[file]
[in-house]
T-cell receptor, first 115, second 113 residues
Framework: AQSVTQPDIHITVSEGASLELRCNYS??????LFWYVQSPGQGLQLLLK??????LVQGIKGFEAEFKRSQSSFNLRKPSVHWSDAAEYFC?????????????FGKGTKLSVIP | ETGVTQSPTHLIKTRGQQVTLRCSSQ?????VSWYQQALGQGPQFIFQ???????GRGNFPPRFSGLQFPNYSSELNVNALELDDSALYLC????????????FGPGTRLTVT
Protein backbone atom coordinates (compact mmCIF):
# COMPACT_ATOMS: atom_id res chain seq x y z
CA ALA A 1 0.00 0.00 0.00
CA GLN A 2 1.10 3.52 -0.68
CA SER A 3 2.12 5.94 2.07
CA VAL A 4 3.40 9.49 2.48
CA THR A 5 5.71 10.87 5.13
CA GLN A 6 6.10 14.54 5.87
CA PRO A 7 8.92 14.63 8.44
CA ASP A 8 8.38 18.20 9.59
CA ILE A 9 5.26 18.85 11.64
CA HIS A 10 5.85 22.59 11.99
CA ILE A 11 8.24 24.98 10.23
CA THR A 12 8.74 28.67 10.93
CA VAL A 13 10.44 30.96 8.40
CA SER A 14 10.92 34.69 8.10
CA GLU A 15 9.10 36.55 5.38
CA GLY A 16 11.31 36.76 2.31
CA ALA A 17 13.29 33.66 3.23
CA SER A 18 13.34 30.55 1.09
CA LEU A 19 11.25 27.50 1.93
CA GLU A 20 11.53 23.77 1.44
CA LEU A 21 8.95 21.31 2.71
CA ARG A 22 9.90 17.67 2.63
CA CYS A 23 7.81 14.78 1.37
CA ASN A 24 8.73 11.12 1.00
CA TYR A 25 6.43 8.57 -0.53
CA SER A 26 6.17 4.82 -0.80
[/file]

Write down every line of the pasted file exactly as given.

[in-house]
T-cell receptor, first 115, second 113 residues
Framework: AQSVTQPDIHITVSEGASLELRCNYS??????LFWYVQSPGQGLQLLLK??????LVQGIKGFEAEFKRSQSSFNLRKPSVHWSDAAEYFC?????????????FGKGTKLSVIP | ETGVTQSPTHLIKTRGQQVTLRCSSQ?????VSWYQQALGQGPQFIFQ???????GRGNFPPRFSGLQFPNYSSELNVNALELDDSALYLC????????????FGPGTRLTVT
Protein backbone atom coordinates (compact mmCIF):
# COMPACT_ATOMS: atom_id res chain seq x y z
CA ALA A 1 0.00 0.00 0.00
CA GLN A 2 1.10 3.52 -0.68
CA SER A 3 2.12 5.94 2.07
CA VAL A 4 3.40 9.49 2.48
CA THR A 5 5.71 10.87 5.13
CA GLN A 6 6.10 14.54 5.87
CA PRO A 7 8.92 14.63 8.44
CA ASP A 8 8.38 18.20 9.59
CA ILE A 9 5.26 18.85 11.64
CA HIS A 10 5.85 22.59 11.99
CA ILE A 11 8.24 24.98 10.23
CA THR A 12 8.74 28.67 10.93
CA VAL A 13 10.44 30.96 8.40
CA SER A 14 10.92 34.69 8.10
CA GLU A 15 9.10 36.55 5.38
CA GLY A 16 11.31 36.76 2.31
CA ALA A 17 13.29 33.66 3.23
CA SER A 18 13.34 30.55 1.09
CA LEU A 19 11.25 27.50 1.93
CA GLU A 20 11.53 23.77 1.44
CA LEU A 21 8.95 21.31 2.71
CA ARG A 22 9.90 17.67 2.63
CA CYS A 23 7.81 14.78 1.37
CA ASN A 24 8.73 11.12 1.00
CA TYR A 25 6.43 8.57 -0.53
CA SER A 26 6.17 4.82 -0.80